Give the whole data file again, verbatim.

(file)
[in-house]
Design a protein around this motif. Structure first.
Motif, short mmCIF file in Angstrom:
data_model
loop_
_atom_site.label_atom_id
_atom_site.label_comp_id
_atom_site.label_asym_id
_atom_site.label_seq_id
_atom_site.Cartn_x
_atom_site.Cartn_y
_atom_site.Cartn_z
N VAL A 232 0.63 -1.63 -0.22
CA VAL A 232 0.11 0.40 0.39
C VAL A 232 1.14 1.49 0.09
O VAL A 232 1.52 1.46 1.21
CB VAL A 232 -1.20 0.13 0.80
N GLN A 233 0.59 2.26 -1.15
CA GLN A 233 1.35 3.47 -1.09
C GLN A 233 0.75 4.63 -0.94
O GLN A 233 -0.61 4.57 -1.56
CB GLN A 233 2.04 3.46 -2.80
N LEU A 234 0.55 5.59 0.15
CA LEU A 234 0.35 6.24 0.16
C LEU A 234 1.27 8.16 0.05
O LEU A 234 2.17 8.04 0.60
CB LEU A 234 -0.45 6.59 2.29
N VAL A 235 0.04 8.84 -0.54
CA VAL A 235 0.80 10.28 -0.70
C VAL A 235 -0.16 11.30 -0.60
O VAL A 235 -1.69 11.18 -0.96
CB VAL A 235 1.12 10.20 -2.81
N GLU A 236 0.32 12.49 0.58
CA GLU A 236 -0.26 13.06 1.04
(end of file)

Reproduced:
[in-house]
Design a protein around this motif. Structure first.
Motif, short mmCIF file in Angstrom:
data_model
loop_
_atom_site.label_atom_id
_atom_site.label_comp_id
_atom_site.label_asym_id
_atom_site.label_seq_id
_atom_site.Cartn_x
_atom_site.Cartn_y
_atom_site.Cartn_z
N VAL A 232 0.63 -1.63 -0.22
CA VAL A 232 0.11 0.40 0.39
C VAL A 232 1.14 1.49 0.09
O VAL A 232 1.52 1.46 1.21
CB VAL A 232 -1.20 0.13 0.80
N GLN A 233 0.59 2.26 -1.15
CA GLN A 233 1.35 3.47 -1.09
C GLN A 233 0.75 4.63 -0.94
O GLN A 233 -0.61 4.57 -1.56
CB GLN A 233 2.04 3.46 -2.80
N LEU A 234 0.55 5.59 0.15
CA LEU A 234 0.35 6.24 0.16
C LEU A 234 1.27 8.16 0.05
O LEU A 234 2.17 8.04 0.60
CB LEU A 234 -0.45 6.59 2.29
N VAL A 235 0.04 8.84 -0.54
CA VAL A 235 0.80 10.28 -0.70
C VAL A 235 -0.16 11.30 -0.60
O VAL A 235 -1.69 11.18 -0.96
CB VAL A 235 1.12 10.20 -2.81
N GLU A 236 0.32 12.49 0.58
CA GLU A 236 -0.26 13.06 1.04